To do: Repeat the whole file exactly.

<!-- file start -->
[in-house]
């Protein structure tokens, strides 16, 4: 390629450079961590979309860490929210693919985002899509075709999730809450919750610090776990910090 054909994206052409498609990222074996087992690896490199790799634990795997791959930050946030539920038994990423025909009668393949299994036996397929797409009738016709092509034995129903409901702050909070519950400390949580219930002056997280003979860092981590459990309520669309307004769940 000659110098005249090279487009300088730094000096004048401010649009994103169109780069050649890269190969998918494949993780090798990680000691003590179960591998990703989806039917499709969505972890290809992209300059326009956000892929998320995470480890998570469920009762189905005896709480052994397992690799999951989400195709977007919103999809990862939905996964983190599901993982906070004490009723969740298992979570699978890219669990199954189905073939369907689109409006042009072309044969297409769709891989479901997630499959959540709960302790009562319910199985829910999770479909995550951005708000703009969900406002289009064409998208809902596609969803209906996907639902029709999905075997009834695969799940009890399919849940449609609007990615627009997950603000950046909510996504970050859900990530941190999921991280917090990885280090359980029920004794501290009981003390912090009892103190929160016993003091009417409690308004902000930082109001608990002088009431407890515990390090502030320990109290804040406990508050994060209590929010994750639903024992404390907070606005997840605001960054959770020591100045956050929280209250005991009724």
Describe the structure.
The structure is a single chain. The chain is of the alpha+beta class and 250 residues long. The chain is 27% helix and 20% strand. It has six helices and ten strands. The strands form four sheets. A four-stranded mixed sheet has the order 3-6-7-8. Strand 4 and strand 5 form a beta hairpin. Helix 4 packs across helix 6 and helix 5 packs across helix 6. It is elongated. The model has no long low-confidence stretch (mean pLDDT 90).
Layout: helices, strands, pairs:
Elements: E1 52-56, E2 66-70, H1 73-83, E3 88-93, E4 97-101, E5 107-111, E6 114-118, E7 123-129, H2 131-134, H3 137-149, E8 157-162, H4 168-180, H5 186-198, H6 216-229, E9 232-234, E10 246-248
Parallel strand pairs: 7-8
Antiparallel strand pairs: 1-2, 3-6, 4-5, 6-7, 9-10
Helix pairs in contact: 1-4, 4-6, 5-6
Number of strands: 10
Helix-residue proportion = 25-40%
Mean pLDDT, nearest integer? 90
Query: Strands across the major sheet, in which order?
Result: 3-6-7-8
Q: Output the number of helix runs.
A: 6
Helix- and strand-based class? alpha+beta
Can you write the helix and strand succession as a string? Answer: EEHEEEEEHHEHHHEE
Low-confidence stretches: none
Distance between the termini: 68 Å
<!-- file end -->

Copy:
[in-house]
């Protein structure tokens, strides 16, 4: 390629450079961590979309860490929210693919985002899509075709999730809450919750610090776990910090 054909994206052409498609990222074996087992690896490199790799634990795997791959930050946030539920038994990423025909009668393949299994036996397929797409009738016709092509034995129903409901702050909070519950400390949580219930002056997280003979860092981590459990309520669309307004769940 000659110098005249090279487009300088730094000096004048401010649009994103169109780069050649890269190969998918494949993780090798990680000691003590179960591998990703989806039917499709969505972890290809992209300059326009956000892929998320995470480890998570469920009762189905005896709480052994397992690799999951989400195709977007919103999809990862939905996964983190599901993982906070004490009723969740298992979570699978890219669990199954189905073939369907689109409006042009072309044969297409769709891989479901997630499959959540709960302790009562319910199985829910999770479909995550951005708000703009969900406002289009064409998208809902596609969803209906996907639902029709999905075997009834695969799940009890399919849940449609609007990615627009997950603000950046909510996504970050859900990530941190999921991280917090990885280090359980029920004794501290009981003390912090009892103190929160016993003091009417409690308004902000930082109001608990002088009431407890515990390090502030320990109290804040406990508050994060209590929010994750639903024992404390907070606005997840605001960054959770020591100045956050929280209250005991009724």
Describe the structure.
The structure is a single chain. The chain is of the alpha+beta class and 250 residues long. The chain is 27% helix and 20% strand. It has six helices and ten strands. The strands form four sheets. A four-stranded mixed sheet has the order 3-6-7-8. Strand 4 and strand 5 form a beta hairpin. Helix 4 packs across helix 6 and helix 5 packs across helix 6. It is elongated. The model has no long low-confidence stretch (mean pLDDT 90).
Layout: helices, strands, pairs:
Elements: E1 52-56, E2 66-70, H1 73-83, E3 88-93, E4 97-101, E5 107-111, E6 114-118, E7 123-129, H2 131-134, H3 137-149, E8 157-162, H4 168-180, H5 186-198, H6 216-229, E9 232-234, E10 246-248
Parallel strand pairs: 7-8
Antiparallel strand pairs: 1-2, 3-6, 4-5, 6-7, 9-10
Helix pairs in contact: 1-4, 4-6, 5-6
Number of strands: 10
Helix-residue proportion = 25-40%
Mean pLDDT, nearest integer? 90
Query: Strands across the major sheet, in which order?
Result: 3-6-7-8
Q: Output the number of helix runs.
A: 6
Helix- and strand-based class? alpha+beta
Can you write the helix and strand succession as a string? Answer: EEHEEEEEHHEHHHEE
Low-confidence stretches: none
Distance between the termini: 68 Å